While I have closeups of every item, this one was particularly fanciful. Hand peeled local shrimp, with ginger lemon marscapone, in a seaweed cone. I feel like a monster eating such adorable exquisiteness.

The scones were perfectly flaky. The strawberry jam had a hint of thyme in it to keep from being overly sweet. The clotted cream would keep me warm on the early spring rides ahead. All these finger sandwiches were like European sushi, and every item was exemplary. Fine tea, tiny foods, fancy China, wifi, and a window view… Why would I ever leave? Oh right, I should go before my parking fee ends up costing as much as this sitting (the parking attendant ended up waving me through, whew).

I make a habit of overlooking my lactose intolerance for Afternoon Tea experiences, and this one nestled in nicely with my memories of The Peninsula and Four Seasons in Hong Kong. I have no regrets.

So. Worth. It.
Scoot by other Victoria sights. But I have another ferry to catch.
Ferry #3 is also scenic. Delicate opals reflect off low clouds in the diffused light, and distant mountains are faded cobalt.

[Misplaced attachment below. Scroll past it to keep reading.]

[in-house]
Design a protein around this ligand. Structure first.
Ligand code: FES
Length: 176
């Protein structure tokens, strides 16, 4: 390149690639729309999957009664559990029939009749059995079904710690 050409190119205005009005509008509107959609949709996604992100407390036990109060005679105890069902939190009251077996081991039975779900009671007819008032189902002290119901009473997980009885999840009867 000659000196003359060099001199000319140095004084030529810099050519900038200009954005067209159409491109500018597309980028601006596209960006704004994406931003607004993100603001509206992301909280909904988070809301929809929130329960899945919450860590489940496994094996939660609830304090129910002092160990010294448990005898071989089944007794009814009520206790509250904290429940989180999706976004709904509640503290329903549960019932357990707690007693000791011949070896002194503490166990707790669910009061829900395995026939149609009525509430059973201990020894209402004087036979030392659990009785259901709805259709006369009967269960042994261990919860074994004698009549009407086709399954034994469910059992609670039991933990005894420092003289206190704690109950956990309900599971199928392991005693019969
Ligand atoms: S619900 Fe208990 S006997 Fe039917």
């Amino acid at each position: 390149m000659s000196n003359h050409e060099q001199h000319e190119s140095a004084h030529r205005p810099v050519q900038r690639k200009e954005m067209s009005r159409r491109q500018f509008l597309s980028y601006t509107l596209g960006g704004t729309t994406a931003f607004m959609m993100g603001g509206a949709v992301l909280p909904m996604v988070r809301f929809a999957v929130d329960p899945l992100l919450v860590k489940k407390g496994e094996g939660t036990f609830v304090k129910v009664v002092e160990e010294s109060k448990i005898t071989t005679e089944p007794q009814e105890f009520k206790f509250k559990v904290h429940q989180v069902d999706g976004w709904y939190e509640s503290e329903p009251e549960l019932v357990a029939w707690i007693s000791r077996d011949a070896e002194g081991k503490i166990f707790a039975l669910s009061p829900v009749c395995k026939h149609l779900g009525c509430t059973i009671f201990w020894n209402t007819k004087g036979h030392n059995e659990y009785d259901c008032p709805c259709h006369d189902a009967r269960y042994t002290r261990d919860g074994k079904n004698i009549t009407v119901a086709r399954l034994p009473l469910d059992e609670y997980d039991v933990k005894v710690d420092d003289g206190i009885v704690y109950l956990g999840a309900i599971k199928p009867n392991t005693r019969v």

Peacefully sailing by many green forested islands.

My third ferry in two days was the finest by far (once I found the secret button to open the steel door to the upper levels). With 7 decks, a modern cafeteria, full-fledged restaurant serving beer and wine, gift shops with clothing, game arcade, business cubicles, and toddler play areas, it was clearly used to making regular commutes. Cantonese was popular onboard, but I also caught some Mandarin and other languages among the diverse passenger list.

Also, I discovered a new favorite game to play with Canadians: Where is Rhode Island? Thus far, Maine and New York were top contenders.

Passengers from many walks of life onboard.
One of these bikes is not like the others. So, where do you guys think Rhode Island is?